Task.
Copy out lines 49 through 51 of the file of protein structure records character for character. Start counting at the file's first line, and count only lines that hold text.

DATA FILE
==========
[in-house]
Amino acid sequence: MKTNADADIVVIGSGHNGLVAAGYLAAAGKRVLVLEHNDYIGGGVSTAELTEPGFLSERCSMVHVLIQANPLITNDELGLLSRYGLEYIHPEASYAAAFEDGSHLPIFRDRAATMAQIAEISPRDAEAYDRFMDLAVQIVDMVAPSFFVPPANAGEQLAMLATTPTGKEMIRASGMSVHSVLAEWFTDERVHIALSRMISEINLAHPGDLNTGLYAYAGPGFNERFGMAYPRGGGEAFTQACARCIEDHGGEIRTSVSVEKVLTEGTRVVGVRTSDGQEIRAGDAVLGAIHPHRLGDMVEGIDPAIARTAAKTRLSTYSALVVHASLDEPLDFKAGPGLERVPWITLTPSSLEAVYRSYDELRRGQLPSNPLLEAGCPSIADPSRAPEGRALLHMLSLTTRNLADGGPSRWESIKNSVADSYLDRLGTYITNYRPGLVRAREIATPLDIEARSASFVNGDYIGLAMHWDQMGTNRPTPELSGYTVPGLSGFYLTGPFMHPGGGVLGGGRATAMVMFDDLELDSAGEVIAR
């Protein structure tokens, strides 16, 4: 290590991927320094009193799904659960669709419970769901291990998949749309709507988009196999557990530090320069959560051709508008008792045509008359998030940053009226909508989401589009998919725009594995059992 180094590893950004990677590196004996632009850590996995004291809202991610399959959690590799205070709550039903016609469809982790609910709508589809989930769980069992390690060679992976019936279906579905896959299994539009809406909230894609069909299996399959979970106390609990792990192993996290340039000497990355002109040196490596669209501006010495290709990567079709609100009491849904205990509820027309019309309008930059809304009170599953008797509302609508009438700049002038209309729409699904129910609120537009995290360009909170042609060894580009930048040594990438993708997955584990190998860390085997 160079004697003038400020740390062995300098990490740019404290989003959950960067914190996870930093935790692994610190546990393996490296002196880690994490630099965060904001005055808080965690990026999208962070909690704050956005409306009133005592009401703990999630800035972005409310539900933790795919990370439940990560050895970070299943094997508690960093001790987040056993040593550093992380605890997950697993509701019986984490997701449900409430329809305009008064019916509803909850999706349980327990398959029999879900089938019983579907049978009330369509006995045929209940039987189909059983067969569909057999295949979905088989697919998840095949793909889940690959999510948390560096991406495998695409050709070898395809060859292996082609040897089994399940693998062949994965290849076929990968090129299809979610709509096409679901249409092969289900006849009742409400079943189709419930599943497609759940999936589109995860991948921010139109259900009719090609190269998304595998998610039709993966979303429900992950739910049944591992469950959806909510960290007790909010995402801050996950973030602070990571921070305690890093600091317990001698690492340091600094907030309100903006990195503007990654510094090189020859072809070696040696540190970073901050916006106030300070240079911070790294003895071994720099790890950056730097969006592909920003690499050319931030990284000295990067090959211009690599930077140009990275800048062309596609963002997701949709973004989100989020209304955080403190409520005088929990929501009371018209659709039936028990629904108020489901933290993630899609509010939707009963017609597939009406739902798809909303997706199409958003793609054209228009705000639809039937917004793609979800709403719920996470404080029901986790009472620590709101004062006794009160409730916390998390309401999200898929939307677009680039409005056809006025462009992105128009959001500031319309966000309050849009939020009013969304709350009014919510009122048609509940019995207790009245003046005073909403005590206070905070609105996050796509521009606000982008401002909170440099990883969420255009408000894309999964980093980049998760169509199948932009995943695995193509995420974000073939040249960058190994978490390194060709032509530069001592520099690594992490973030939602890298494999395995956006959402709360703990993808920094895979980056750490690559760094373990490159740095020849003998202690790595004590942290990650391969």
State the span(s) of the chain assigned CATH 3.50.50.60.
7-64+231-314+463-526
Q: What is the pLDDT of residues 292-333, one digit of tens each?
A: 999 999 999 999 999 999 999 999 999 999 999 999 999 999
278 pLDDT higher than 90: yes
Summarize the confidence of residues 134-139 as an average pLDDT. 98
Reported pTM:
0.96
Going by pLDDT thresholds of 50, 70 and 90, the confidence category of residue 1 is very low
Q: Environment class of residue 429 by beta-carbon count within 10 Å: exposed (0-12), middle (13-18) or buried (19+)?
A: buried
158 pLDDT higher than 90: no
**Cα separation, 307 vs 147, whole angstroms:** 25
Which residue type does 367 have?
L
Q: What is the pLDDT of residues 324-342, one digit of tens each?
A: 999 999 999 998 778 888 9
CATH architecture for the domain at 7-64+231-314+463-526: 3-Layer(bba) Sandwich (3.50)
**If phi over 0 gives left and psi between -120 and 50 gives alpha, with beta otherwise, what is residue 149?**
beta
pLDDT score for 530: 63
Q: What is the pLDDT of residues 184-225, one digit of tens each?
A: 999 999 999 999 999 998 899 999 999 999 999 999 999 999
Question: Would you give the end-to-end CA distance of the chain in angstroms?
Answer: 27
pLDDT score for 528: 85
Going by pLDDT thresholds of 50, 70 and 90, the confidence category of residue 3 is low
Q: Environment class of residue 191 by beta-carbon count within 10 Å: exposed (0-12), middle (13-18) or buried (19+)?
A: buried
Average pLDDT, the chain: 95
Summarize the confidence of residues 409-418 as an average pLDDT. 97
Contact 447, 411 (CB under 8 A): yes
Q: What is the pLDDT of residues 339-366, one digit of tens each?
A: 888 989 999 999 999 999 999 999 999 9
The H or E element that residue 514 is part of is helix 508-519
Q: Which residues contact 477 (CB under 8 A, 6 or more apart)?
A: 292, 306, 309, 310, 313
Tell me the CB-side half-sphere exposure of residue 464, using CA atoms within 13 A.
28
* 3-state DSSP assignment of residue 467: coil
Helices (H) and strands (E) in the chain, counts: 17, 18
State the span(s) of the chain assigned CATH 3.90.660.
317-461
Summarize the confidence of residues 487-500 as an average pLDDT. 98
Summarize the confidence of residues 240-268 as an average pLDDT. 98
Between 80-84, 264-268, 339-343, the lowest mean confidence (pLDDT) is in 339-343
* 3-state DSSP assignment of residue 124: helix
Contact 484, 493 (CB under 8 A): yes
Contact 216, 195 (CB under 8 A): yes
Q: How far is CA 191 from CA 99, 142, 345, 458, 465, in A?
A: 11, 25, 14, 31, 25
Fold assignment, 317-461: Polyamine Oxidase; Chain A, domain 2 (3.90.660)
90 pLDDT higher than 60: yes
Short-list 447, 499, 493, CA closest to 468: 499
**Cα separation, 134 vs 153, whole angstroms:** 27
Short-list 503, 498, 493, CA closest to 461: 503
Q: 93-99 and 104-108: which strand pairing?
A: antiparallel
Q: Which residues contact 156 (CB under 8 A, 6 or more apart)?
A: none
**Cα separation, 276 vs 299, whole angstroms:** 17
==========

Between 80-84, 264-268, 339-343, the lowest mean confidence (pLDDT) is in 339-343
* 3-state DSSP assignment of residue 124: helix
Contact 484, 493 (CB under 8 A): yes